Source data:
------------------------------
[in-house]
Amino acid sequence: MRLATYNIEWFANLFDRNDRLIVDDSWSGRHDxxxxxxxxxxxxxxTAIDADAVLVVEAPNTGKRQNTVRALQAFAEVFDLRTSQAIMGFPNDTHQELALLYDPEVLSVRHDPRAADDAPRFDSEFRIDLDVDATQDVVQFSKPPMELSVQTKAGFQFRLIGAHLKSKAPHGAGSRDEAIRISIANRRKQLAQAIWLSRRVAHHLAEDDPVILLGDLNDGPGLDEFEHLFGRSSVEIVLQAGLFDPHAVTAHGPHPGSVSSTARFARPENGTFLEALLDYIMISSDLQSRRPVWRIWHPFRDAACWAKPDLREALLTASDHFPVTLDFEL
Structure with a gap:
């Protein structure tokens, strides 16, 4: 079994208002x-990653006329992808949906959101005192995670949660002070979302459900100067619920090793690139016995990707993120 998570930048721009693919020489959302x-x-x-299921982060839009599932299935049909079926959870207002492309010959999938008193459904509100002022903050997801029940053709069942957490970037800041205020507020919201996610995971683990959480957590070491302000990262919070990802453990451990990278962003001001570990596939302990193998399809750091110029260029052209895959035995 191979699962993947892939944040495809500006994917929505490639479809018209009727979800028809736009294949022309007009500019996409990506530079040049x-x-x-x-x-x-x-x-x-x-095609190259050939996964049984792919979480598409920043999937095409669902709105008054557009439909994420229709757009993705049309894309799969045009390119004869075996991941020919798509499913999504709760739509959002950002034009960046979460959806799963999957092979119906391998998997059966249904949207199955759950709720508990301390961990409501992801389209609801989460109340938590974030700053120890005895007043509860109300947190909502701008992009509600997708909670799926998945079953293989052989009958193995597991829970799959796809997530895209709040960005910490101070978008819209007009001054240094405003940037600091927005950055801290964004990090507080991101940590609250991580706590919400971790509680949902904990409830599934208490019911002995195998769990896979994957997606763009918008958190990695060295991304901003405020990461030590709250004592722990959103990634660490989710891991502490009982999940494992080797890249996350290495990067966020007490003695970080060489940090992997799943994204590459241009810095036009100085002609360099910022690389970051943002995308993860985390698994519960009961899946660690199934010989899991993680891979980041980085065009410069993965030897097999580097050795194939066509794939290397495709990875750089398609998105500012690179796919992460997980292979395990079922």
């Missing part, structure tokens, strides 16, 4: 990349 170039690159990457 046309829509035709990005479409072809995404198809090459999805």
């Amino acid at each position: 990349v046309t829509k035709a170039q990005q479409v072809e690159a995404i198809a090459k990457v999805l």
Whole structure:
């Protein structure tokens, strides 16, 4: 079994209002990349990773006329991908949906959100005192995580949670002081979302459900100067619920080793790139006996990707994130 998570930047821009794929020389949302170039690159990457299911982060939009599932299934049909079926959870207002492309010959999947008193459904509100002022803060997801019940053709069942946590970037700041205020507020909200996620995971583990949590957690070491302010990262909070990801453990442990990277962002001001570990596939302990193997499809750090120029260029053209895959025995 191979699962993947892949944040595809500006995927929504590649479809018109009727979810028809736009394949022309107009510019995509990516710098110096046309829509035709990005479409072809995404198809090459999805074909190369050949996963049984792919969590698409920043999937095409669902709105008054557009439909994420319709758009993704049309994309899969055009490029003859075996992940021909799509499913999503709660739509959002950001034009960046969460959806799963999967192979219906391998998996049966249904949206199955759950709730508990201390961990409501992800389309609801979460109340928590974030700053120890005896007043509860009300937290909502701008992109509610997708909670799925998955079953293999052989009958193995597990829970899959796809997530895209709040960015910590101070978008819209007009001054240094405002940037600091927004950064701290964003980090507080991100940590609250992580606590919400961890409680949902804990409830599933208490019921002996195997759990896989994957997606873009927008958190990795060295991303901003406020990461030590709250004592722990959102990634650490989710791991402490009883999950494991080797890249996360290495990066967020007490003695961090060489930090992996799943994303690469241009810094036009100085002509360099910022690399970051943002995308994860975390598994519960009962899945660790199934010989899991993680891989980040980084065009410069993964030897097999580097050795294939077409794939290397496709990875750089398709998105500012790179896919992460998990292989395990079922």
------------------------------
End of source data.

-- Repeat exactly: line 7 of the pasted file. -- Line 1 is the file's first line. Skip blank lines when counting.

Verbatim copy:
Whole structure: